TV shows provide an excellent way to improve your English. Immersing yourself in the stories of others while soaking up new words and phrases and improving your comprehension – it sounds amazing, doesn’t it? But if you want to truly get the most out of the time invested, here are some tips on how to pick the best way to do it (specific examples included).
- Choose the right level
It sounds obvious, but it’s truly important – if you choose something too easy and perhaps intended for children, you might get bored quickly. If the level is too advanced, you might get confused and stop enjoying what you are watching. When assessing the level of the TV show, take into the account these things: vocabulary (everyday English in Friends and political terms such as ‘impeachment’ in House of Cards); accents (Cajun in True Blood and Scottish in The Thick of It can make understanding quite problematic); period (older TV shows tend to be more difficult to understand – compare episodes of Doctor Who from the sixties with recent ones).
- Choose the right topic
Sometimes it is great to experiment and dive into a completely new area, but to begin with, I would suggest that you choose TV shows connected with something you are already interested in. Are you a fan of the 50s and 60s? If so, try Mad Men, The Crown or The Man in the High Castle – all three are set in the past, but each shows British and American society from a very different perspective. Do you love interviews with celebrities or funny sketches? Try The Graham Norton Show or Conan. If you do choose to try something new, I would recommend you look at the ‘Top TV Shows’ lists on websites like IMDb – there’s a lot of popular and quality content to pick from.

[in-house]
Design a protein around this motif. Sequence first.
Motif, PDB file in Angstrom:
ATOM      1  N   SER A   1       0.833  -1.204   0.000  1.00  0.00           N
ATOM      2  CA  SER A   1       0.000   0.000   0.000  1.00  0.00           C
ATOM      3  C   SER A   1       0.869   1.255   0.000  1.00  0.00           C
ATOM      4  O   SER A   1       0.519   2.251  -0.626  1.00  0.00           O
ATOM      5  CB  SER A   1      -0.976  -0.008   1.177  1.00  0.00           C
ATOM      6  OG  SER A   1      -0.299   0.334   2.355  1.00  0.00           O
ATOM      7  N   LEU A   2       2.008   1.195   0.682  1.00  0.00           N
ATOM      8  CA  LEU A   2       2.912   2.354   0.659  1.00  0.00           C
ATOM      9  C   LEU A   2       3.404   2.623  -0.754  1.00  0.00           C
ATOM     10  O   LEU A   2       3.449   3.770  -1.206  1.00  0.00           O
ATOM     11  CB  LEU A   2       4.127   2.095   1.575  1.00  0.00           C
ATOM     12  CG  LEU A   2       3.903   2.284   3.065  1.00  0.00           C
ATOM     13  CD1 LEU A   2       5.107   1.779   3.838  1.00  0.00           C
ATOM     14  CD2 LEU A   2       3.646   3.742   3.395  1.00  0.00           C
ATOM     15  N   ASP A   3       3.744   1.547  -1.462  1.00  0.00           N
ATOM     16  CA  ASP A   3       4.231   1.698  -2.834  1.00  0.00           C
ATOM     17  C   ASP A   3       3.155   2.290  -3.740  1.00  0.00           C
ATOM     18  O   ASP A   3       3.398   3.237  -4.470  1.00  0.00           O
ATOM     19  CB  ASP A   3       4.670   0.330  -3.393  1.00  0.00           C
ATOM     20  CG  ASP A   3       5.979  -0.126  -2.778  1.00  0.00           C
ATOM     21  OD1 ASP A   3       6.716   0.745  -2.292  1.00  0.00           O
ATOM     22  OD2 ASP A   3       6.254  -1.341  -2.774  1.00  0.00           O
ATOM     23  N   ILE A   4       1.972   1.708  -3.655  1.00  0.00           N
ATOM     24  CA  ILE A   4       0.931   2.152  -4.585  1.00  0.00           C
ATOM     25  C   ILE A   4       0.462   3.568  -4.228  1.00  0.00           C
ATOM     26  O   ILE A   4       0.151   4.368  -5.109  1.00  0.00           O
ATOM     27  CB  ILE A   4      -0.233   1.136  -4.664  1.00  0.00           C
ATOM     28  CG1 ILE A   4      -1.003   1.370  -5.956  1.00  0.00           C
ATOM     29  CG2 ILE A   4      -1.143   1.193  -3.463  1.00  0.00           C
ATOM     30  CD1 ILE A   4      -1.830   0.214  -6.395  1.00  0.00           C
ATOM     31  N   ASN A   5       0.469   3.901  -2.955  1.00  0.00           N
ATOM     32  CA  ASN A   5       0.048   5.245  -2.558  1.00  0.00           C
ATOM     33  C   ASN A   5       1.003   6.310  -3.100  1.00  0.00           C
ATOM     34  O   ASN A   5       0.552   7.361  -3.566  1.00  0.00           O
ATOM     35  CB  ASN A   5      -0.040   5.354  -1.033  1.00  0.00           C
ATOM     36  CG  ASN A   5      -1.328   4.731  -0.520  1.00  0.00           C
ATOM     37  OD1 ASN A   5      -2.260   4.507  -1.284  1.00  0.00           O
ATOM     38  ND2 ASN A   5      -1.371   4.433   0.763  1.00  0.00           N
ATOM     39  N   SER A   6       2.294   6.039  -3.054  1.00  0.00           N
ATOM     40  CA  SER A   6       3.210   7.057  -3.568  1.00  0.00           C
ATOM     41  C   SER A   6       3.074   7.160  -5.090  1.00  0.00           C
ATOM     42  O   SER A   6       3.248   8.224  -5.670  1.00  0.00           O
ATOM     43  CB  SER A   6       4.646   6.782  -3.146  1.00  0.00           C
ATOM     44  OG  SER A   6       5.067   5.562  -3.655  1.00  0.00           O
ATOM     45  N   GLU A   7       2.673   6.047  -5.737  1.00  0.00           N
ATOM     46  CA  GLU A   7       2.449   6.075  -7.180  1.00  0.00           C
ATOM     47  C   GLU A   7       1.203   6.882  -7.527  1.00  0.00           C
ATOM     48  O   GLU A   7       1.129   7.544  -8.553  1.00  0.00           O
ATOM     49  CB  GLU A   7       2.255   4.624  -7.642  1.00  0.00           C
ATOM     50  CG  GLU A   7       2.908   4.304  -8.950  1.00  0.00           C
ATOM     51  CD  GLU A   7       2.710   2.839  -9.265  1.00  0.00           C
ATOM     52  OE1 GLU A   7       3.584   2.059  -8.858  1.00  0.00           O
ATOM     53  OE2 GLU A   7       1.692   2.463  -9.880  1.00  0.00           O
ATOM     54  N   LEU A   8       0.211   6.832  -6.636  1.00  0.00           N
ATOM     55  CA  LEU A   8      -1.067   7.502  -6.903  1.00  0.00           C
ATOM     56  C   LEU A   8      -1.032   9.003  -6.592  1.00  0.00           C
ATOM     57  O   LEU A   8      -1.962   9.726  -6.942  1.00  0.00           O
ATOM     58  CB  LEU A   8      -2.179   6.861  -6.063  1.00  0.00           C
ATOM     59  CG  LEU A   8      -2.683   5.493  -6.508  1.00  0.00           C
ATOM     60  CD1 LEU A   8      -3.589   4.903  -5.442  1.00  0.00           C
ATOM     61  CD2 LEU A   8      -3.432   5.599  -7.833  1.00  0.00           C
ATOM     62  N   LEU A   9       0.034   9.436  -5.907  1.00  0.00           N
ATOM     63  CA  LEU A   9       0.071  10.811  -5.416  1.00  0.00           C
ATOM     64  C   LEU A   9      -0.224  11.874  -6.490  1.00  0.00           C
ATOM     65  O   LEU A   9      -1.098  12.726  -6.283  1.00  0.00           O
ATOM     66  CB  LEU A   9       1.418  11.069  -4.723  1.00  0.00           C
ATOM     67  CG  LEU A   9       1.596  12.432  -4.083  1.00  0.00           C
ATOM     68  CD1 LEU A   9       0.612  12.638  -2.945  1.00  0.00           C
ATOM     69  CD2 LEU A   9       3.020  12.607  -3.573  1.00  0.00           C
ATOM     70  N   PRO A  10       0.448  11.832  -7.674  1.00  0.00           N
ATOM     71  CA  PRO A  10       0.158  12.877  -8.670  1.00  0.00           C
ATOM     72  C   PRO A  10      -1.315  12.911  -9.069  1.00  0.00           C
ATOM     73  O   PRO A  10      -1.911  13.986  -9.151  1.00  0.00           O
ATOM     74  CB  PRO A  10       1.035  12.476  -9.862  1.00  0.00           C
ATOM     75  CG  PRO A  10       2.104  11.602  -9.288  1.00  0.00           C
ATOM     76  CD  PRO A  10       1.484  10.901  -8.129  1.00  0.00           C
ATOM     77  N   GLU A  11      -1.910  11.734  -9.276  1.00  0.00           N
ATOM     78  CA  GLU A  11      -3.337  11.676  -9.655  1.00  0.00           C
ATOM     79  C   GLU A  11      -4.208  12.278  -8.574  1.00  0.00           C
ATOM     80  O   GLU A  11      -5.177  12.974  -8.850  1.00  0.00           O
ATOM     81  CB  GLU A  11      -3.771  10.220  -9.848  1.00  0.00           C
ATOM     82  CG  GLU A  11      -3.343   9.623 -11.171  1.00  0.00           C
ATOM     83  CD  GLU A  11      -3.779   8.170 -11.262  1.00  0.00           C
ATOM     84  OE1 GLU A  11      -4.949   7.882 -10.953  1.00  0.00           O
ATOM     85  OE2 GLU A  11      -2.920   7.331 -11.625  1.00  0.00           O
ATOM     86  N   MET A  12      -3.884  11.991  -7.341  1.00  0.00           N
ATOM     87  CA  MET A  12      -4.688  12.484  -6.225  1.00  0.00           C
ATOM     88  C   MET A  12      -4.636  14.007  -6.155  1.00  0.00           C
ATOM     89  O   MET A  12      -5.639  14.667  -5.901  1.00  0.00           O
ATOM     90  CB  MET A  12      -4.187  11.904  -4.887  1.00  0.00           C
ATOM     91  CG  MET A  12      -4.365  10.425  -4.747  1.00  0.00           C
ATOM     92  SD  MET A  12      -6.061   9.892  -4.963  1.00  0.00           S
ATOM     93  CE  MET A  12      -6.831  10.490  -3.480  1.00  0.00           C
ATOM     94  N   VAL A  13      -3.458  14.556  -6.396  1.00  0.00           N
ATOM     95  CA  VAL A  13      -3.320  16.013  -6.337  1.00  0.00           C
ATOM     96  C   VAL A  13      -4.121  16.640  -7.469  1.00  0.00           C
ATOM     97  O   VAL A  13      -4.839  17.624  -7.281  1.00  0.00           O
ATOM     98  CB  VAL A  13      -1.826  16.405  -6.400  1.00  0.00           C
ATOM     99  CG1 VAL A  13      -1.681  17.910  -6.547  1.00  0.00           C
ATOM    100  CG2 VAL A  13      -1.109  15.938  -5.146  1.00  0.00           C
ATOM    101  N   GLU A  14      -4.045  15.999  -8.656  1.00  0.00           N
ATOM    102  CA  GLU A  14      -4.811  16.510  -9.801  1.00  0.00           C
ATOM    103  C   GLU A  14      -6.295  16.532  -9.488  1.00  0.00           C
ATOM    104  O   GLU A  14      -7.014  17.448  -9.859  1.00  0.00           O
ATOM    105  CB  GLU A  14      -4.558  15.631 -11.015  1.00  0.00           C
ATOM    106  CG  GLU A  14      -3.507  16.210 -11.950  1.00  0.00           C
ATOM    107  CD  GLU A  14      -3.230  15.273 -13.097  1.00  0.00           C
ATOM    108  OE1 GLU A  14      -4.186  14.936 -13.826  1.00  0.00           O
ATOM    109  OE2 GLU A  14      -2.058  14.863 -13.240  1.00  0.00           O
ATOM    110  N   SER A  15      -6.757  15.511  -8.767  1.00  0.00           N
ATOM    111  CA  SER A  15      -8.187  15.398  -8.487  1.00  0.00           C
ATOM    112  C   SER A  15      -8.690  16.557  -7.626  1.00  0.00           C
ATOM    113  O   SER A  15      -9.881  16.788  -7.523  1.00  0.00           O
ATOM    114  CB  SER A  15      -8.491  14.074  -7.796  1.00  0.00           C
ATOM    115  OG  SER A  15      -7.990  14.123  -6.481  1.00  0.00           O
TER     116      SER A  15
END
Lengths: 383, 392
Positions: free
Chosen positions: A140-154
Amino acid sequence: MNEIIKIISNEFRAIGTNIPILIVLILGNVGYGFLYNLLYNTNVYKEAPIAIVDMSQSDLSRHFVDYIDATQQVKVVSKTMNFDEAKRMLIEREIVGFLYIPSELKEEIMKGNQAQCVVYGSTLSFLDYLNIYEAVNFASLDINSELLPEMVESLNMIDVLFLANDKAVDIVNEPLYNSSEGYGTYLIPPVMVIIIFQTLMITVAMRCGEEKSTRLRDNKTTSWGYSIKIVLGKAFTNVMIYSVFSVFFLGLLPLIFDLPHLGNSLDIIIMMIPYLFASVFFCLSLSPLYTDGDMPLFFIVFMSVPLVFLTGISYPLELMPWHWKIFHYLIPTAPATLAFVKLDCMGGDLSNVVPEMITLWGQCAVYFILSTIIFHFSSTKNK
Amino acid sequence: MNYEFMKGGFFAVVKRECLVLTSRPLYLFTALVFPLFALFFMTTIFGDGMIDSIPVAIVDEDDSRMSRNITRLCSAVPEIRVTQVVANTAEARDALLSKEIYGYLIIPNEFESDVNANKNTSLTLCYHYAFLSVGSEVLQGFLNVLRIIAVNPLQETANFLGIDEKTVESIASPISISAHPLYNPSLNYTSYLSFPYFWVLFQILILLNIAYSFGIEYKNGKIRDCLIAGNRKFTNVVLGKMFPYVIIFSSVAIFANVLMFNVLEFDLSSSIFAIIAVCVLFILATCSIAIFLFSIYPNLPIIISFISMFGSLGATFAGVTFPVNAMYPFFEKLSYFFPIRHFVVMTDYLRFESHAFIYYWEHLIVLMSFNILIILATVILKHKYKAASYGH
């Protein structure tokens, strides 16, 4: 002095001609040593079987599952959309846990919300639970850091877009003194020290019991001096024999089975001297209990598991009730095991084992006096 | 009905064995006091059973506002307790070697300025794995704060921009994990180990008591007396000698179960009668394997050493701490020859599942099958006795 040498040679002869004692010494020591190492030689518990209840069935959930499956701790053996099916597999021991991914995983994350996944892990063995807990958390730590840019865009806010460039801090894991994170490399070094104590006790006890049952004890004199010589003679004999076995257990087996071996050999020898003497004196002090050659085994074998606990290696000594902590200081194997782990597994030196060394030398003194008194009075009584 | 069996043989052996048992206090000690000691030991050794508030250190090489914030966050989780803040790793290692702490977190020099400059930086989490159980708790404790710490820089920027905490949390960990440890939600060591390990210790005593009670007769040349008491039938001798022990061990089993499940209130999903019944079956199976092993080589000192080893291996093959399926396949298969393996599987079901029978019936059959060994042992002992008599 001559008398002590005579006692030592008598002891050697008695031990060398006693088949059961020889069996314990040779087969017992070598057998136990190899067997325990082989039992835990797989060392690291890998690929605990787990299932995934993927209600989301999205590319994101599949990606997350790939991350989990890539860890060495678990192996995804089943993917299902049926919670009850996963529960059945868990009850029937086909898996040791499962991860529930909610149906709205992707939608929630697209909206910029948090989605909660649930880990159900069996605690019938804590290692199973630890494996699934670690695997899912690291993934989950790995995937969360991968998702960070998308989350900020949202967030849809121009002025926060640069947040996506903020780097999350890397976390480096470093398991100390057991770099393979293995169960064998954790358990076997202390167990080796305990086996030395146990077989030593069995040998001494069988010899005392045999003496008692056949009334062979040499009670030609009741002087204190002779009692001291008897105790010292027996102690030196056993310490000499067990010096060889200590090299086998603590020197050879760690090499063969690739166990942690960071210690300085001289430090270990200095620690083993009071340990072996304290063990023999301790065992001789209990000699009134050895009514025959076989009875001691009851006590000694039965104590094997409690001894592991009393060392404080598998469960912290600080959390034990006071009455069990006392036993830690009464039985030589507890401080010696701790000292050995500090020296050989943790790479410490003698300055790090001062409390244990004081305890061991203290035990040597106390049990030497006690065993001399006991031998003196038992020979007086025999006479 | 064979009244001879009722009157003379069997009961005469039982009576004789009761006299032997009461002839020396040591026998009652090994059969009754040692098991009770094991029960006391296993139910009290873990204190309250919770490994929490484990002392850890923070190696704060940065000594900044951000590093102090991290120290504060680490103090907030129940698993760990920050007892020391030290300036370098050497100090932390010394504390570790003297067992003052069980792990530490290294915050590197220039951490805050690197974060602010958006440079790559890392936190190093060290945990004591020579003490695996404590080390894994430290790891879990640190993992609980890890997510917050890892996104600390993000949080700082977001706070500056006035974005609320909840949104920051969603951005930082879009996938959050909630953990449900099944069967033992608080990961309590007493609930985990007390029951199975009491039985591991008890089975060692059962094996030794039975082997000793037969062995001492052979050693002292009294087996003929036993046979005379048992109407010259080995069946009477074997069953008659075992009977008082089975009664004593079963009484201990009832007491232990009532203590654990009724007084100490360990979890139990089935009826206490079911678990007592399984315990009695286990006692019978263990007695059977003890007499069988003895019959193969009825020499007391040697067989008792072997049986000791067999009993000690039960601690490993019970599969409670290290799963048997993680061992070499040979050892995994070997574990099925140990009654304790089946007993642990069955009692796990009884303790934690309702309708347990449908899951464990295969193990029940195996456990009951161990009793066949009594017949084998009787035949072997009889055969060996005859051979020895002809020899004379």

- Choose the right way to watch
When considering the best way to watch a TV show, there are three things to look at – dubbing, subtitles and repetition. While you will obviously set the spoken language to English, there is no consensus regarding subtitles. I would recommend setting the subtitles to English, so you are not distracted by the Czech words and can fully focus on English. Regarding repetition, some sources recommend watching the show first in your native language and then switching to English. However, sometimes there is no such option. If you want to improve your understanding of the material, it may be better to watch the same scene a few times, until you are sure you fully comprehend what is going on. Repetitive viewing does take a bit of the fun factor away, so try to find the right balance between enjoyment and learning.
- Choose the right way to remember (to make the most of your viewing)
By listening to English material, your comprehension gets better almost subconsciously. You might realise with a surprise that after a few episodes you are not struggling so much and actually getting better at understanding. I’d recommend writing down two types of words – core vocabulary from the TV show you are watching, and anything you find interesting. By core vocabulary I mean specific words that are often repeated – for example for Breaking Bad it might be the word ‘lab’, while for Game of Thrones consider words like ‘knights’ and ‘sword’. You can also note down any words that catch your eye – new words, idioms, colloquial expressions or slang words. Don’t forget to write not only the word or phrase, but also the whole sentence or some notes about the situation in which the words are spoken. Learning new words in context makes remembering much easier. And try to use the new vocabulary in your speaking as soon as possible, so you are enriching your active language as well as your passive vocabulary.
There are many ways in which you can use this wonderful resource to improve your level of English. Ultimately, there isn’t one correct way for everyone, but if you consider various options, you can find the one that is right for you. Besides improving your passive vocabulary and listening comprehension, by watching TV shows you can get an insight into the cultures of English-speaking countries and discover a lot of interesting differences between cultures.